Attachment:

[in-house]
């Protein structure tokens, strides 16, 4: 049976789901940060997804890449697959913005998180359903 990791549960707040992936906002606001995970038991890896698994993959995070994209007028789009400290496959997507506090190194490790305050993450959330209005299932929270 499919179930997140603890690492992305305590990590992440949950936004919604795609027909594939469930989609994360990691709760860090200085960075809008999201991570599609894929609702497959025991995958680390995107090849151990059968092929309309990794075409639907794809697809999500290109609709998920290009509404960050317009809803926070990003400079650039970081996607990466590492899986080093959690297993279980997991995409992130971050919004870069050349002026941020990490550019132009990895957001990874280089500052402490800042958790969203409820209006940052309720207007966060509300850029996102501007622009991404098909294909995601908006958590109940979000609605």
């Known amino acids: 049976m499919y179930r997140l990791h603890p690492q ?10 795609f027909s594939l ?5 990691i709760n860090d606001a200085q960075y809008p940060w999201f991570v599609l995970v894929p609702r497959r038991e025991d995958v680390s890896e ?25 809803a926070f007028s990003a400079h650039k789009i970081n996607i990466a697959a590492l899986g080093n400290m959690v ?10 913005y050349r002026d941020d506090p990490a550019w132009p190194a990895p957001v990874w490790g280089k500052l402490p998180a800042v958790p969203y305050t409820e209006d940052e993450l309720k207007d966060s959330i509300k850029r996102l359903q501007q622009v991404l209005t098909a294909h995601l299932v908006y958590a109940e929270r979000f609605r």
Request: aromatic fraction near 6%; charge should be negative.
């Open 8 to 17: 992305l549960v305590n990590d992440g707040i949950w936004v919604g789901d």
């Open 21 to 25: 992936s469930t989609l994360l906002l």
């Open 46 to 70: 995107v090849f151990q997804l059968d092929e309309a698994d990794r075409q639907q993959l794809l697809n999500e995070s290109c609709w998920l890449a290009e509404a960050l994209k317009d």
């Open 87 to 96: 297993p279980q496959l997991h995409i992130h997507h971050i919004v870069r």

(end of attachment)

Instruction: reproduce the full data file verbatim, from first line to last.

[in-house]
């Protein structure tokens, strides 16, 4: 049976789901940060997804890449697959913005998180359903 990791549960707040992936906002606001995970038991890896698994993959995070994209007028789009400290496959997507506090190194490790305050993450959330209005299932929270 499919179930997140603890690492992305305590990590992440949950936004919604795609027909594939469930989609994360990691709760860090200085960075809008999201991570599609894929609702497959025991995958680390995107090849151990059968092929309309990794075409639907794809697809999500290109609709998920290009509404960050317009809803926070990003400079650039970081996607990466590492899986080093959690297993279980997991995409992130971050919004870069050349002026941020990490550019132009990895957001990874280089500052402490800042958790969203409820209006940052309720207007966060509300850029996102501007622009991404098909294909995601908006958590109940979000609605």
């Known amino acids: 049976m499919y179930r997140l990791h603890p690492q ?10 795609f027909s594939l ?5 990691i709760n860090d606001a200085q960075y809008p940060w999201f991570v599609l995970v894929p609702r497959r038991e025991d995958v680390s890896e ?25 809803a926070f007028s990003a400079h650039k789009i970081n996607i990466a697959a590492l899986g080093n400290m959690v ?10 913005y050349r002026d941020d506090p990490a550019w132009p190194a990895p957001v990874w490790g280089k500052l402490p998180a800042v958790p969203y305050t409820e209006d940052e993450l309720k207007d966060s959330i509300k850029r996102l359903q501007q622009v991404l209005t098909a294909h995601l299932v908006y958590a109940e929270r979000f609605r």
Request: aromatic fraction near 6%; charge should be negative.
């Open 8 to 17: 992305l549960v305590n990590d992440g707040i949950w936004v919604g789901d």
């Open 21 to 25: 992936s469930t989609l994360l906002l």
């Open 46 to 70: 995107v090849f151990q997804l059968d092929e309309a698994d990794r075409q639907q993959l794809l697809n999500e995070s290109c609709w998920l890449a290009e509404a960050l994209k317009d």
């Open 87 to 96: 297993p279980q496959l997991h995409i992130h997507h971050i919004v870069r």